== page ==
Hanna Noel '10
Just over a month after graduating, I packed up my car and
moved from Connecticut to Billings, Montana where I am currently serving as an
AmeriCorps*VISTA. As a VISTA, I am serving a year in Billings to make
long-lasting impacts on poverty by establishing sustainable, community-driven
initiatives. The Community Garden and Food Security Initiative that I am
leading alongside another VISTA is a part of a larger citywide initiative to
impact homelessness. Through an incredible collaboration with the Salvation
Army and an extensive network of partnerships with the Billings school district
as well as a wide range of local organizations and programs, Billings will be
piloting a garden-based learning program this summer. Beginning with a summer
program and transitioning into an after-school enrichment program, student
participants will learn about nutrition, food systems, sustainable agriculture,
and learn to grow food with their own hands on an organic urban farm and in two
raised-bed school gardens. Other food security initiatives currently underway
include an assortment of community garden projects throughout the city, as well
as the establishment of a local Food Policy Council that will address a wide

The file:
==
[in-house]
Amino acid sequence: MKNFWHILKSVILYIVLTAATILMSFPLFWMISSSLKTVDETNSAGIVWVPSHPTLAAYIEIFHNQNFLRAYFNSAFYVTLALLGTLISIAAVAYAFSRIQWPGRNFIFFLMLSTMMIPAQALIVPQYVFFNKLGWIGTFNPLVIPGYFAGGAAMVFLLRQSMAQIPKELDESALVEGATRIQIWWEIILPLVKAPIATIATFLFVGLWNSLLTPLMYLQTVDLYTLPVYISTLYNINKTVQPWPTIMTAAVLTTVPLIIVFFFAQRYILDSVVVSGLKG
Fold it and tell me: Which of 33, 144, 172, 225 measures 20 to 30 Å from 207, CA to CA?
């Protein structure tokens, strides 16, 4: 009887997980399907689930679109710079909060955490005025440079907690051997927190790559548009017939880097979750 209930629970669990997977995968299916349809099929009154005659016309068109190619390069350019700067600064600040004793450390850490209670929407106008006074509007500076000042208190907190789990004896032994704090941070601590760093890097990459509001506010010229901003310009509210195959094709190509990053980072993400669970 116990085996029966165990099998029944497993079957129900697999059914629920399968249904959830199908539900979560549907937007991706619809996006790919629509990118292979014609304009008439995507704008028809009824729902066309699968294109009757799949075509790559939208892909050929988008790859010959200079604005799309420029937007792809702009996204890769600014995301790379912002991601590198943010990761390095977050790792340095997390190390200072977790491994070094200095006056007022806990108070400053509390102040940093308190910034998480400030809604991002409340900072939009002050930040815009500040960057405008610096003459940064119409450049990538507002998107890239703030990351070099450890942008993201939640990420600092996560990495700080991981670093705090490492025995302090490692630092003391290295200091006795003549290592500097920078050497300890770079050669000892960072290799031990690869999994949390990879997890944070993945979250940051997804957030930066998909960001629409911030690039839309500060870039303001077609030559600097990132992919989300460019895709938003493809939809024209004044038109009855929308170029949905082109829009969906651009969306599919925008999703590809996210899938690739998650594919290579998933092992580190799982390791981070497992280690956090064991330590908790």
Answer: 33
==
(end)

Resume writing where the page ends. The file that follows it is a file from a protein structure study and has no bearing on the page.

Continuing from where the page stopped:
scope of issues relating to food security.
So, what do community gardens have to do with French
Studies? Well, although I haven’t spoken more than a few words of French since
coming to Montana, I could not have chosen a better field to major in. I know
that my Colby education and my double majors in French and Anthropology have
without a doubt prepared me well for my year as a VISTA and beyond. Though I am
still unsure what I hope to be doing in five or ten years, I have a better idea
now. I would recommend to anyone who is unsure of what to do post-Colby to look
into AmeriCorps VISTA. Not only is the experience I am gaining tremendous, but
it is such an incredible experience being able to collaborate with community
members and organizations to enhance (or even create) programs that provide a
hand up to members of the community living in poverty. I have met so many
extraordinary people since joining the Billings community, and am grateful to
be surrounded by such an inspiring group of people. The Community Garden/Food
Security Initiative is something I am truly passionate about, so much so that I
cannot imagine leaving Billings when my VISTA year is up in July!